A traceable evolution of tempered restraint is apparent in this multigenerational group exhibition: The oldest works are drawings that share a sense of moderation with several recent sculptures, despite the distinct physicality of the latter

The Hindu

The Hindu

Window to the world of art

April 25, 2009

Ranjani Shettar tells Shilpa Sebastian R. that museums are central for an artist and the audience. 

Venetian Red Art Blog

Venetian Red Art Blog

Ranjani Shettar

April 16, 2009

Though consisting of only six works, Ranjani Shettar’s current exhibition of recent works at SFMoMA shows off the depth and range of her capabilities. 

The SF Examiner

The SF Examiner

New Work: Ranjani Shettar at SFMOMA

March 23, 2009

Bangalore-based artist, Ranjani Shettar, is only thirty one years old and already an artist of international acclaim-participating in biennials in France, United Arab Emirates, and Australia.

The San Francisco Museum of Modern Art

The San Francisco Museum of Modern Art

Ranjani Shettar: New Work

March 21 - July 7, 2009

Unlike many contemporary Indian artists currently exhibiting their work internationally, Shettar has maintained close connections to Bangalore, India, where she was born and educated. Her artistic vocabulary is akin to those of postminimalist artists such as Martin Puryear and Eva Hesse, insofar as she explores a variety of materials and displays an interest in both handwork and the conceptual dimensions of art objects.

The San Francisco Museum of Modern Art

The San Francisco Museum of Modern Art

Ranjani Shettar in Inaugural Rooftop Sculpture Garden

March 21 - July 7, 2009

More than forty years have passed since minimalist artists first began incorporating the space of the gallery into their artistic work, but the impact of sculpture that reflects the inherent possibilities and limitations of its setting has hardly diminished. This practice is fundamental to the work of the artist Ranjani Shettar, although her focus is not solely on the display environment or even the notion of sculpture as it is understood in this realm. 

Museo Nacional Centro de Arte Reina Sofia

Museo Nacional Centro de Arte Reina Sofia

Alia Syed: Filmworks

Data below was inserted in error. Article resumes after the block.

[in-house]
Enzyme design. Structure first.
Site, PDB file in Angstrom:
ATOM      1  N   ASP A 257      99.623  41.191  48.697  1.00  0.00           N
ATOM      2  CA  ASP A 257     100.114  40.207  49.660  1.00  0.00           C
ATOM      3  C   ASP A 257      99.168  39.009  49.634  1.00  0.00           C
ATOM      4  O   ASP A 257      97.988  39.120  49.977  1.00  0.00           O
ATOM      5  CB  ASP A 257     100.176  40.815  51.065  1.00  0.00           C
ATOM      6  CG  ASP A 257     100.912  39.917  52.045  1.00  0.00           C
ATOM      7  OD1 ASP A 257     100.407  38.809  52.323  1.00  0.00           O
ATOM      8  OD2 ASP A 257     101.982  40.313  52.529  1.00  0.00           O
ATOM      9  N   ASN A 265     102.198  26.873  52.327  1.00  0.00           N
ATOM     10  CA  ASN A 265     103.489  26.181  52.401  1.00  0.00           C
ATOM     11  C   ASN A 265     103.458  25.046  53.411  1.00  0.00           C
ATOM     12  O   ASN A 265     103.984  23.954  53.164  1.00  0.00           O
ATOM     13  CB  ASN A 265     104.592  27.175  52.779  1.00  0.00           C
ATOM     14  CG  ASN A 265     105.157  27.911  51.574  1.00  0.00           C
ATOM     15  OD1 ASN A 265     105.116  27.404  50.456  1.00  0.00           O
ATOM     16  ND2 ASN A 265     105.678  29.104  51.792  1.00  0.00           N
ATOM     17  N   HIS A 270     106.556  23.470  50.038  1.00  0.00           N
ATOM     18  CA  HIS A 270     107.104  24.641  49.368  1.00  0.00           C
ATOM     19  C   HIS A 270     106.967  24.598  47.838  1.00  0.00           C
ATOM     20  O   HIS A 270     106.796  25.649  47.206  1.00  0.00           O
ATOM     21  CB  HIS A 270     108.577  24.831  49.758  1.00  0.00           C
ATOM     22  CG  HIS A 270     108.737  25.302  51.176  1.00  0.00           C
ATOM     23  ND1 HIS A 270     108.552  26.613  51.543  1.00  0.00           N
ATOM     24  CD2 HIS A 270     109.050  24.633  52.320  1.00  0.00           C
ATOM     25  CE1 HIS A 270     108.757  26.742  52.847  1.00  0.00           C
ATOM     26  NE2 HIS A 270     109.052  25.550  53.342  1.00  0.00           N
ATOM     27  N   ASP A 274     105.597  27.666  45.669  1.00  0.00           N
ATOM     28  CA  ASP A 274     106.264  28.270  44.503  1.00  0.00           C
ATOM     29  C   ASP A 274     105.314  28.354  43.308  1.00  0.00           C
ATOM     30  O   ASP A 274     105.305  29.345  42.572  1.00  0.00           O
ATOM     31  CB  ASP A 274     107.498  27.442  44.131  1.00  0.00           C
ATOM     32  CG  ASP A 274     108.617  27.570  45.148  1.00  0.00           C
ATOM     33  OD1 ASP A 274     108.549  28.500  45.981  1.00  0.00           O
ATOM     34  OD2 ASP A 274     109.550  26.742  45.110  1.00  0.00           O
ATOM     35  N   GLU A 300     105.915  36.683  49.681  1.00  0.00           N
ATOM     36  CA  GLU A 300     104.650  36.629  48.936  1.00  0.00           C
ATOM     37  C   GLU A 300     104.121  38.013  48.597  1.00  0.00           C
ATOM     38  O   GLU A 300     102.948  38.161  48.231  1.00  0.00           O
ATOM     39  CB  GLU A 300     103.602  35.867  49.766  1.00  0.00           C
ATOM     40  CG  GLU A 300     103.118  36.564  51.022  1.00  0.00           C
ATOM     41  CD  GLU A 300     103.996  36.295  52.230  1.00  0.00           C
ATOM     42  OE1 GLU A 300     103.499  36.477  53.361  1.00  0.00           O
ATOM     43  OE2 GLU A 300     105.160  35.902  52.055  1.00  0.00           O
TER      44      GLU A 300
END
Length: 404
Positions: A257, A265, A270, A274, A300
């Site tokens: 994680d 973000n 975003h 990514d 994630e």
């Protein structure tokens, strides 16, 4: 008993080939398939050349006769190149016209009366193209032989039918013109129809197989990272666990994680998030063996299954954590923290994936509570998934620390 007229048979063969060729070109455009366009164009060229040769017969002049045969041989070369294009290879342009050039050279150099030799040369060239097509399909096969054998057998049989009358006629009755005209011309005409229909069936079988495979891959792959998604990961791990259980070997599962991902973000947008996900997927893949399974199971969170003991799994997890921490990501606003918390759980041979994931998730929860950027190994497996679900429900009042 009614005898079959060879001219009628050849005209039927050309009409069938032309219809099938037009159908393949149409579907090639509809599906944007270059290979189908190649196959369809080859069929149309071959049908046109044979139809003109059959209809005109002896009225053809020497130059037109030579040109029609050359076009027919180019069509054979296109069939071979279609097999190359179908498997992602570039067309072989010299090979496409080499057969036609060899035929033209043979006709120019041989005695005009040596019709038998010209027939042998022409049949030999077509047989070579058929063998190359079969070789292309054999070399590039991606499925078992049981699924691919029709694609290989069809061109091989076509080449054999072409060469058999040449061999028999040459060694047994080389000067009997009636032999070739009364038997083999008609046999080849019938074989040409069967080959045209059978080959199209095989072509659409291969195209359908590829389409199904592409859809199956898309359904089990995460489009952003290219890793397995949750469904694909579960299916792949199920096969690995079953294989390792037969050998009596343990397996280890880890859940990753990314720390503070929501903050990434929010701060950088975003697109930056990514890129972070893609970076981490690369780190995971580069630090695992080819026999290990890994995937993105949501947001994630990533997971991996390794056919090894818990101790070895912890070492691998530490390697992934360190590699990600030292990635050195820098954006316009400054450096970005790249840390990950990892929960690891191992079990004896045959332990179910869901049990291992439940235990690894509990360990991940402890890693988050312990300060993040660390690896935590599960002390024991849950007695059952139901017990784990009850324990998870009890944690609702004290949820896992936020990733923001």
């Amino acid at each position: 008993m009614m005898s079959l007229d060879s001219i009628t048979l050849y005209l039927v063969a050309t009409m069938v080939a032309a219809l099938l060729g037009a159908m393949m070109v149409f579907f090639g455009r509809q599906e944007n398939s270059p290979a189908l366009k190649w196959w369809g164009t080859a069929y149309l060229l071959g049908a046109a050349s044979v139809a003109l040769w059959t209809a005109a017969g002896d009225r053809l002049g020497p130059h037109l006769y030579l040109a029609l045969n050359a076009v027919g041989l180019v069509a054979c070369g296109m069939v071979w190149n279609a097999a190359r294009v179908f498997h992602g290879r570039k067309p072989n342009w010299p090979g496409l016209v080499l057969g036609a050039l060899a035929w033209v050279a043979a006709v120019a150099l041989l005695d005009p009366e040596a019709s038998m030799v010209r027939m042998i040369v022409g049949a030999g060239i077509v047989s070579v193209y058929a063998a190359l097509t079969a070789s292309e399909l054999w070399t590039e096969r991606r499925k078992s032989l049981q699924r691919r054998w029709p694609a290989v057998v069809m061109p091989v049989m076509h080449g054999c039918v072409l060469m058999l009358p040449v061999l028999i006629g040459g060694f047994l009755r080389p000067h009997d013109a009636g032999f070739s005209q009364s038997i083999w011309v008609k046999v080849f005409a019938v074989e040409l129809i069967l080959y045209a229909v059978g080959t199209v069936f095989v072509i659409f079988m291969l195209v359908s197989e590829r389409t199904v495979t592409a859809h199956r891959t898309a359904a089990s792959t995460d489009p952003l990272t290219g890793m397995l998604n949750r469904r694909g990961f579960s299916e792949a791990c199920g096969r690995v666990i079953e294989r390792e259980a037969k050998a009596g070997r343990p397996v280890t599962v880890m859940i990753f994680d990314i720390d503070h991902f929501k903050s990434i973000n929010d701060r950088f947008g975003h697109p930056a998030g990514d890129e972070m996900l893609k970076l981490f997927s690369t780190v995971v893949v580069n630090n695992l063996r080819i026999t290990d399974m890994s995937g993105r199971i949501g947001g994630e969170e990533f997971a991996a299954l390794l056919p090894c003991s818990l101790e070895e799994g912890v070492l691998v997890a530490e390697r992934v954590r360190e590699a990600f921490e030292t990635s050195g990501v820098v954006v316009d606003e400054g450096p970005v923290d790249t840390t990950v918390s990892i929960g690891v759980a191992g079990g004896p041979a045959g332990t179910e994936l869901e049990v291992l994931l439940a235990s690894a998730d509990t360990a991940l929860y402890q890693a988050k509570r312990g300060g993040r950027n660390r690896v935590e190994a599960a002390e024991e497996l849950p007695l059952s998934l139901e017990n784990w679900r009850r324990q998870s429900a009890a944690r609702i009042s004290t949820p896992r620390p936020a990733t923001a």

February 11 - April 13, 2009

The work of the English artist of Indian descent Alia Syed (Swansea, United Kingdom) is on display for the first time in Spain at this exhibition. Her work Eating Grass (2003), is a succession of sequences in public and private spaces of three cities (London, Karachi and Lahore), assembled as a collage. 

Sculpture

Sculpture

Ranjani Shettar

February 2009

Ever lie back, look up at the clouds, and see faces, flowers, and other images?

The Business Standard

The Business Standard

When trash becomes valuable

January 31, 2009

Artist Anjum Singh’s work, says Bharati Chaturvedi, uses waste, including aluminium, acrylic, commonplace industrial materials, to build up a dynamic, organic urbanscape.

Art India

Art India

Dirt and Decoration

January 2009

How does Anjum Singh aestheticize litter as she critiques the idea of waste in the city? Meera Menezes finds out. 

 

Vitamin

Vitamin

New Perspectives in Sculpture and Installation

January 2009

In Ranjani's first solo exhibition 'Home' (2000), the ambition of the work was to capture the intrinsic beauty of the delicate fabrications made by birds, insects, bees or silkworms - cocoon-like forms, web-like constellations or clusters of berries. 

The Modern Art Museum of Fort Worth

The Modern Art Museum of Fort Worth

FOCUS: Ranjani Shettar

December 14, 2008 - February 8, 2009

Ranjani Shettar creates large-scale, abstract sculpture by combining manmade and natural materials such as wood, beeswax, cloth, thread, rubber, PVC pipe, wire, steel, and beads. Her works, which appear to be as impulsive and random as they are patterned and logical, are frequently arranged as sculptural installations that interact with and articulate the space around them.  

Brooklyn Rail

Brooklyn Rail

Nasreen Mohamedi: The Grid Unplugged

December 8, 2008

The drawings and photographs of Nasreen Mohamedi (1937-1990) are slowly but surely becoming better known to a wider American audience.

Vogue India

Vogue India

Brush with Success

December 2008

Ranjani Shettar's father was convinced his daughter should become an artist from the time she was five years old, Ranjani made the decision for herself at the ripe old age of 13. 

Sculpture Magazine

Sculpture Magazine

Uncharted Territories: Alwar Balasubramaniam

December 1, 2008